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TD fast-tracking investments to fix anti-money laundering deficiencies: CEO

TORONTO — TD Bank Group has identified where its deficiencies in anti-money laundering oversight are and is working to address them, said chief executive Bharat Masrani.
A person walks past a TD Bank sign in the financial district in Toronto on Tuesday, Sept. 20, 2022. THE CANADIAN PRESS/Alex Lupul

TORONTO — TD Bank Group has identified where its deficiencies in anti-money laundering oversight are and is working to address them, said chief executive Bharat Masrani.

"This is a priority for the bank, and we take our responsibility seriously to live up to our high standards. We will continue to mobilize the required resources to strengthen our capabilities," he said on a first-quarter earnings conference call Thursday.

The bank is accelerating investments in its risk and control environment and has hired hundreds of colleagues in these areas over the past two quarters, said Masrani.

"In short, we know what the [anti-money laundering] issue is, and we are making progress in fixing it every day. I look forward to providing further updates as soon as I can."

The bank disclosed last August that it expects U.S. regulators to impose penalties related to the bank's anti-money laundering compliance program. It said at the time that it was co-operating with investigators, including from the U.S. Department of Justice.

There have also been media reports that issues with its anti-money laundering program are a key reason why it had to abandon its US$13.4-billion takeover of U.S.-based First Horizon.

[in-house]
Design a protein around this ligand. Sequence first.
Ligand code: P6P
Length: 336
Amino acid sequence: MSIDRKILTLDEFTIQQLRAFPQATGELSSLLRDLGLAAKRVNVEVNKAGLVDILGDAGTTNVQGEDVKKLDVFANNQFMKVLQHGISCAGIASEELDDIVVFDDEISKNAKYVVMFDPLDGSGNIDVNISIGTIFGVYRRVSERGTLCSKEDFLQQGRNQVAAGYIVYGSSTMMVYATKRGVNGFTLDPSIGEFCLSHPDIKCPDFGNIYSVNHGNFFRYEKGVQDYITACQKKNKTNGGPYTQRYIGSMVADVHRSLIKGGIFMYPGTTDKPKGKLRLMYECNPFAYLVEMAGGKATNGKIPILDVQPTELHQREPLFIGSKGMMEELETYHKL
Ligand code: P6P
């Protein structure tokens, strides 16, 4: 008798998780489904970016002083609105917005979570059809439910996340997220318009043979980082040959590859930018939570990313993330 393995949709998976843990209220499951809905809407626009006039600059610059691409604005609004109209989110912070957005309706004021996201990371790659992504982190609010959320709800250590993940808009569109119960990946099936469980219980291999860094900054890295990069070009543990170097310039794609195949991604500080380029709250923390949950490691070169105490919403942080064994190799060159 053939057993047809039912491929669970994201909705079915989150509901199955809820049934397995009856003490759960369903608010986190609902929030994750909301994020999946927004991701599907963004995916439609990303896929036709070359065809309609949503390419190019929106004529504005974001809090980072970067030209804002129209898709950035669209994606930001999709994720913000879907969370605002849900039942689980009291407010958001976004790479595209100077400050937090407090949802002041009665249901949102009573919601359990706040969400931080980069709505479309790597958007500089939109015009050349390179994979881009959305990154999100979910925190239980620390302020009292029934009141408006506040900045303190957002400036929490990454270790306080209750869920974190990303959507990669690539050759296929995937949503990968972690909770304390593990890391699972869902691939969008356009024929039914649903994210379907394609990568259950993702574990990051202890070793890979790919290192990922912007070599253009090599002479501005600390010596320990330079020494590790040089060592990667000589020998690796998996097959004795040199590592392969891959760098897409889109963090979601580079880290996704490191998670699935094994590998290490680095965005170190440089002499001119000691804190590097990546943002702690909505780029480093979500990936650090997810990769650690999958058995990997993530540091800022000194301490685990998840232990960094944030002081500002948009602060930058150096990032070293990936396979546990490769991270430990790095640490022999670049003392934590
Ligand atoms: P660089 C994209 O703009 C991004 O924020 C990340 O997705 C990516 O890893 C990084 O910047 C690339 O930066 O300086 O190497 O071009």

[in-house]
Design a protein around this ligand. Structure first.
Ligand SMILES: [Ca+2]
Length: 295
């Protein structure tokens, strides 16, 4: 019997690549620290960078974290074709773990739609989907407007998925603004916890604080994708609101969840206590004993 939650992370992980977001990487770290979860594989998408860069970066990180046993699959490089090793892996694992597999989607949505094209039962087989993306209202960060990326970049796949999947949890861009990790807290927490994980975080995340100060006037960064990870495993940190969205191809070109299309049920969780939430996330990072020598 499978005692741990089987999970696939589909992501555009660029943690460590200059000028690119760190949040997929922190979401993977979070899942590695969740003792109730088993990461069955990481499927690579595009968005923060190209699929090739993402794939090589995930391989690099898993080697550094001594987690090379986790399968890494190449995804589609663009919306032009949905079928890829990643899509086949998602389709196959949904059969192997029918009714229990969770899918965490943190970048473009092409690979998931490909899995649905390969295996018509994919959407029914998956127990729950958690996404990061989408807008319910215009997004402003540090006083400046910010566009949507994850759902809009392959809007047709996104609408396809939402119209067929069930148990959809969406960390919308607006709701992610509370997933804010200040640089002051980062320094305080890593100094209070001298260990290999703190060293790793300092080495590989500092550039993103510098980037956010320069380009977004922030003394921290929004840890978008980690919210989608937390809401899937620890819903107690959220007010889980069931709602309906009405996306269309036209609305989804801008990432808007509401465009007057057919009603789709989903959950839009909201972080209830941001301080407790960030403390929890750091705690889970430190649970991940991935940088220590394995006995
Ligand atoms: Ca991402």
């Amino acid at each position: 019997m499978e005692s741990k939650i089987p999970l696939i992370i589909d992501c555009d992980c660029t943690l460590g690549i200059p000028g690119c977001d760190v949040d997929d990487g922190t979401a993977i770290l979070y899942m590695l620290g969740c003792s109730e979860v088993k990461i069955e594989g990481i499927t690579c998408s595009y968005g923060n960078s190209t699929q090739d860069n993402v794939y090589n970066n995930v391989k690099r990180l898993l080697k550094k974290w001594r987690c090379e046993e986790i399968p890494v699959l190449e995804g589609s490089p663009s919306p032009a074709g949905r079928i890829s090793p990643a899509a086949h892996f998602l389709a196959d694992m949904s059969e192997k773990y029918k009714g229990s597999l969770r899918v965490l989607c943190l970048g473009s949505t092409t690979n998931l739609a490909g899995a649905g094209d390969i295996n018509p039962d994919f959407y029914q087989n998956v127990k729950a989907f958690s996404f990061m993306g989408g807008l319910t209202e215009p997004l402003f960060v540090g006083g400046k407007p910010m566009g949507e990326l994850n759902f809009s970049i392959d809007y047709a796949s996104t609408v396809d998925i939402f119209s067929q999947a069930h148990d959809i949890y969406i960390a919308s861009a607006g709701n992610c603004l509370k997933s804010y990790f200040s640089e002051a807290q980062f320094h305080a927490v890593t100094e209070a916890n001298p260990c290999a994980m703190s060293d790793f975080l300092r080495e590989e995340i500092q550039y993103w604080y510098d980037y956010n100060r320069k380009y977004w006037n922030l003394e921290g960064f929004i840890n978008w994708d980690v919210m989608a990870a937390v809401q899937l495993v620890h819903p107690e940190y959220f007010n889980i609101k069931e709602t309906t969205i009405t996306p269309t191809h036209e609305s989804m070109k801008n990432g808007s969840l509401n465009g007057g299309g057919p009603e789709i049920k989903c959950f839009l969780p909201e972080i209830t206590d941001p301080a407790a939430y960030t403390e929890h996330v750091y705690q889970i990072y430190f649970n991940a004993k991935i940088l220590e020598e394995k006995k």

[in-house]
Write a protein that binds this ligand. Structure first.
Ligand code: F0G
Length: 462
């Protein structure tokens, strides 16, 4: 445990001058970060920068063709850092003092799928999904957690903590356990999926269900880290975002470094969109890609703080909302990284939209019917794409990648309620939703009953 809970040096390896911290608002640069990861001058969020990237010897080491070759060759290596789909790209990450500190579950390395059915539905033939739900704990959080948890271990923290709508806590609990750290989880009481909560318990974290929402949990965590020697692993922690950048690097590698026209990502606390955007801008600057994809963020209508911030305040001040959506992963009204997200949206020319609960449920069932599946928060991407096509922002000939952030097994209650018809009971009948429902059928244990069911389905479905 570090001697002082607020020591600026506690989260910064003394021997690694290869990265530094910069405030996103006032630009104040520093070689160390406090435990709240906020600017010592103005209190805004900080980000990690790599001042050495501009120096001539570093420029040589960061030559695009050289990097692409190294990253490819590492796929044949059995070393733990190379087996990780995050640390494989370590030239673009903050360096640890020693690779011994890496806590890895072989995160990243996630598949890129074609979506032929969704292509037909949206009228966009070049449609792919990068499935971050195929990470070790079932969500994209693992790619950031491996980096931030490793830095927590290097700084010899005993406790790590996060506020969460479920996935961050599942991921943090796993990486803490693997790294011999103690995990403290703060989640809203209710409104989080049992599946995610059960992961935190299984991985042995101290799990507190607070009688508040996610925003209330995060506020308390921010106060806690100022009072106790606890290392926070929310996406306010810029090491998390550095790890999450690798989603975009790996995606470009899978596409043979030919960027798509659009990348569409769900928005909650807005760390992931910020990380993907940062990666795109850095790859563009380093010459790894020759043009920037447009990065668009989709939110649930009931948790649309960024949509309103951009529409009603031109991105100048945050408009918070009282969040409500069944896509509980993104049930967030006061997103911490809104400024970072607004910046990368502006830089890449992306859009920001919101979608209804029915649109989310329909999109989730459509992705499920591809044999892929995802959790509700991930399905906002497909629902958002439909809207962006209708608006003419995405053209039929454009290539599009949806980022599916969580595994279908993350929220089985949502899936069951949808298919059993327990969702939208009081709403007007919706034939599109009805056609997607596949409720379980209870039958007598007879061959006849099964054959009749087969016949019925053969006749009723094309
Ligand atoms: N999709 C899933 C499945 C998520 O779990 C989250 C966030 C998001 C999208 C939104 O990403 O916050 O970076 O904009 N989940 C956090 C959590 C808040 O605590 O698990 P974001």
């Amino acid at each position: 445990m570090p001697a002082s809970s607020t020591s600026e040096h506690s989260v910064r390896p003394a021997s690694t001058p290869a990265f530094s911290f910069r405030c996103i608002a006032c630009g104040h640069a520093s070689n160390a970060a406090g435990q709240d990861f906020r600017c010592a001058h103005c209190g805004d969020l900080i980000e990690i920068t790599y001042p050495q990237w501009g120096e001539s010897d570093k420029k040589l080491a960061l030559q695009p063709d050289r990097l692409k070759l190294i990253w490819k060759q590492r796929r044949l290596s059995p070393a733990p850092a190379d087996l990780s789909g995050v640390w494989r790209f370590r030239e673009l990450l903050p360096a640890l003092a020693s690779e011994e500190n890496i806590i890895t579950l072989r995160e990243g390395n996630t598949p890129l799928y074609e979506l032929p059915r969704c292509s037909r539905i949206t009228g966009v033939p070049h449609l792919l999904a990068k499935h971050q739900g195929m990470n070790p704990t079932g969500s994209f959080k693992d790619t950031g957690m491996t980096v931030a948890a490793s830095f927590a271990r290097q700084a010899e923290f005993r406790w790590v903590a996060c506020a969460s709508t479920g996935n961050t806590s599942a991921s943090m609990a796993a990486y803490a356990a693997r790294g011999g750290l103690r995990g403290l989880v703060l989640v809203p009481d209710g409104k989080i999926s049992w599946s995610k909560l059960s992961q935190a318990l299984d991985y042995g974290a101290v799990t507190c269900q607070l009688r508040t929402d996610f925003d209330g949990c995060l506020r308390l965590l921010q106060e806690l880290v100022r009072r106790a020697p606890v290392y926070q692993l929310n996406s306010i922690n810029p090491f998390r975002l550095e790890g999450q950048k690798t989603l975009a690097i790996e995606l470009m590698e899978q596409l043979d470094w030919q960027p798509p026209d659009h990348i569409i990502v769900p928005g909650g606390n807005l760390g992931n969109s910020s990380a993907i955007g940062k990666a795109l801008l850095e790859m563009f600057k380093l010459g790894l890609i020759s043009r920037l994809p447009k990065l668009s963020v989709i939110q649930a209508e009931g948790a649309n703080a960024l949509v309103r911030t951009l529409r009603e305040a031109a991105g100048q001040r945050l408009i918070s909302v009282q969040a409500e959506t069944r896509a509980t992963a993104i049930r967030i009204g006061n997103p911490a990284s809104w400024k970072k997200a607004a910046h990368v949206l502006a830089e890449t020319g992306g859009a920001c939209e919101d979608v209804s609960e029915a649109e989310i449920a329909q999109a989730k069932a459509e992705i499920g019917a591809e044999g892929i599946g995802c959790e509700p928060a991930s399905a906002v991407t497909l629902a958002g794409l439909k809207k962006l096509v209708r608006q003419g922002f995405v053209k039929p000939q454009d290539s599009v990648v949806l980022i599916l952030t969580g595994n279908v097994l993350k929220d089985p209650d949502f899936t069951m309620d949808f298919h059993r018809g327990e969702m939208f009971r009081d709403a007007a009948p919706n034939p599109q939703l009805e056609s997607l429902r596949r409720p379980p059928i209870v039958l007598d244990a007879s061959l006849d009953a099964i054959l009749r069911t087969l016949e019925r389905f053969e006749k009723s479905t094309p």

TD's ramp-up of compliance measures come as Canadian authorities are also increasing scrutiny of banks on the issue. 

The Financial Transactions and Reports Analysis Centre of Canada announced in December that it had levied a $7.4-million penalty against RBC and a $1.3-million penalty against CIBC for non-compliance with anti-money laundering and terrorist financing measures. TD is also preparing to face a sizable fine from Fintrac, according to a report from the Globe and Mail.

Peter Routledge, who leads the Office of the Superintendent of Financial Institutions, also said in January that the banking regulator is ramping up scrutiny of money laundering in the financial sector as risks increase.

TD is ramping up hundreds of millions of dollars of annual spending to address its shortcomings.

Much of the bank's expected savings from a restructuring, which included cutting about three per cent of staff, will likely end up going to the fix, said chief financial officer Kelvin Tran on the call.

"The savings that are coming out of this restructuring program — we expect savings of $400 million in 2024 and $600 million in '25 on an annualized basis — I would say the bulk of that would be reinvested in risk and control."

The restructuring efforts themselves cost the bank about $291 million in its first quarter.

Overall, the bank reported a first-quarter profit of $2.82 billion, up from $1.58 billion a year earlier, as its revenue also climbed higher.

The bank said the profit amounted to $1.55 per diluted share for the quarter ended Jan. 31, up from a profit of 82 cents per diluted share in the same quarter last year.

Revenue totalled $13.71 billion, up from $12.20 billion.

TD's provisions for credit losses for the quarter amounted to $1 billion, up from $690 million a year earlier.

On an adjusted basis, TD says it earned $2.00 per diluted share, down from an adjusted profit of $2.23 per diluted share in its first quarter last year.

Analysts on average had expected a profit of $1.89 per share, according to estimates compiled by financial markets data firm Refinitiv.

This report by The Canadian Press was first published Feb. 29, 2024.

Companies in this story: (TSX:TD)

Ian Bickis, The Canadian Press